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SEC allowed to assist in collection of NASD Restitution order by applying for court order
SEC v. Vittor, No. 02-13876 (11th Cir., 3/7/03). Enforcement Practices/Procedures * 1934 Act (§21) * Collection Issues * Statutory Definitions (Order).
The SEC can assist in collection of a NASD restitution order by applying for a court order directing payment.
There must be tens, if not hundreds, of millions of unpaid regulatory fines, disgorgement and restitution orders arising from the sanctions levied by SROs and securities regulators. The SEC has collection clout, but the SROs main leverage lies in their ability to prevent re-entry into the business.
This Opinion cites a Fifth Circuit Opinion, Lang v. French, 514 F.3d 217 (1998), which determined that an investor, claiming a right to recovery under a NASD restitution order, has no standing. Perhaps, that is why the SEC acted in this case to obtain a court order that could summarily convert a NASD restitution order into a court judgment.
To do so, the staff relies upon Section 21(d) and (e) of the Securities Exchange Act, but those provisions, while permitting the SEC to commence its own action to enforce SRO rules, anticipates the existence of a prior SEC order, with which compliance may be commanded. The SEC argues that such an order was issued when it affirmed the findings of the NASD disciplinary decisions, but Mr. Vittor argues that the SECs affirmance of the NASD penalty is not an order, for Section 21 purposes. It requires no action on his part and, therefore, a court cannot command him to comply with it.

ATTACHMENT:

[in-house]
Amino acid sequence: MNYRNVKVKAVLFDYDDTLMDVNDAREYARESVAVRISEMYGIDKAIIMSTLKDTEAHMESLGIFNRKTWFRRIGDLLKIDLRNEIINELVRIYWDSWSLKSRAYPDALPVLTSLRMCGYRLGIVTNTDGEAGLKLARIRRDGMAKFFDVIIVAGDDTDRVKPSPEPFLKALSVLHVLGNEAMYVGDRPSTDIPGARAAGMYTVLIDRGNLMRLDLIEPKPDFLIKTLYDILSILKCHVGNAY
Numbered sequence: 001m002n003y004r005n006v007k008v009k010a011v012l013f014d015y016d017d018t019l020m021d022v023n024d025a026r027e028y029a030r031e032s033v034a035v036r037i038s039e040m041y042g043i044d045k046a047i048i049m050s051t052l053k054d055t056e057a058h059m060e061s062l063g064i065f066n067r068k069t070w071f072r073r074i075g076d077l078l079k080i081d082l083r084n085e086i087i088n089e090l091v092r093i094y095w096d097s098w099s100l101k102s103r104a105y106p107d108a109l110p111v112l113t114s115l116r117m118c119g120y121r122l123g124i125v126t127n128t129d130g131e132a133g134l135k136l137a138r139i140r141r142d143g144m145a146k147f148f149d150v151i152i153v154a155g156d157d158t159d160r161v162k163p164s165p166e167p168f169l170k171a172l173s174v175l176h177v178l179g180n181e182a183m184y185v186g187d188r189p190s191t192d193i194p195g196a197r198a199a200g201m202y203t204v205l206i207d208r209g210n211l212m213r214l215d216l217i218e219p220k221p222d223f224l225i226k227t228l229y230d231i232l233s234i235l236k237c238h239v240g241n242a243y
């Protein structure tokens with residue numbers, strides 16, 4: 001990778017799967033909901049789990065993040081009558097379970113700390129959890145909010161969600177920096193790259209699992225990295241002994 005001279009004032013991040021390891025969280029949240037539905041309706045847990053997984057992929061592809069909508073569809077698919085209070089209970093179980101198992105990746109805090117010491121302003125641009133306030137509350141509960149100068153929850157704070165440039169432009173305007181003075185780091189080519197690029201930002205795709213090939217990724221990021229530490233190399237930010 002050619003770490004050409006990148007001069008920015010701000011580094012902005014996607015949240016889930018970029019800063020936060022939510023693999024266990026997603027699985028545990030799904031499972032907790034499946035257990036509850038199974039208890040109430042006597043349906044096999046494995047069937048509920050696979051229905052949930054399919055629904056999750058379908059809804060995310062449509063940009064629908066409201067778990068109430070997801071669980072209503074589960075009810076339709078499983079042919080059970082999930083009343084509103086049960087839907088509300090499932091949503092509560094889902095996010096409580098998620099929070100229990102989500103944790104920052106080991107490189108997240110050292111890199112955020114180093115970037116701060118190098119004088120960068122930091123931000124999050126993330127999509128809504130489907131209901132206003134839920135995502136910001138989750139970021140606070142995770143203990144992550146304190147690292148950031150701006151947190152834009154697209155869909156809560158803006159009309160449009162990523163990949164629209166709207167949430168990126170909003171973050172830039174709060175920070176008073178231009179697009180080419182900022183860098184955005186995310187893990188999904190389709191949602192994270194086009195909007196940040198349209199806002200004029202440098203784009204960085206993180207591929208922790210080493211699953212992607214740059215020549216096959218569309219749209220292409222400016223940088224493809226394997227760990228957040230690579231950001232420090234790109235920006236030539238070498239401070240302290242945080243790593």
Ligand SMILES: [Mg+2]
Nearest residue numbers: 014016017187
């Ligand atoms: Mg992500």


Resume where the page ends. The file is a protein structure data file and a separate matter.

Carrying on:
This Court thinks it can and finds that the SEC action, after review of the NASD findings and sanctions, constitutes an order, under Sections 21(d) and (e). That leaves Section 21(f), which forbids SEC action under the former subsections, unless the SRO has failed or is unable to act first (or where SEC is otherwise necessary or appropriate). The district court found Section 21(f) inapplicable here and the majority agrees. This section applies only when the SEC initiates its own enforcement action for violation of, or to command compliance with, the rules of a self-regulatory organization. Here, the NASD acted and the SEC applied oversight, not independent action. Mr. Vittor is commanded to pay. (SAC Ed: The dissent thinks 21(f) is applicable, but its policy concern is that adding execution clout to the consequences one faces in pursuing review of a SRO disciplinary proceeding will further chill the right to an appeal.) (SLC Ref. No. 2003-11-05)
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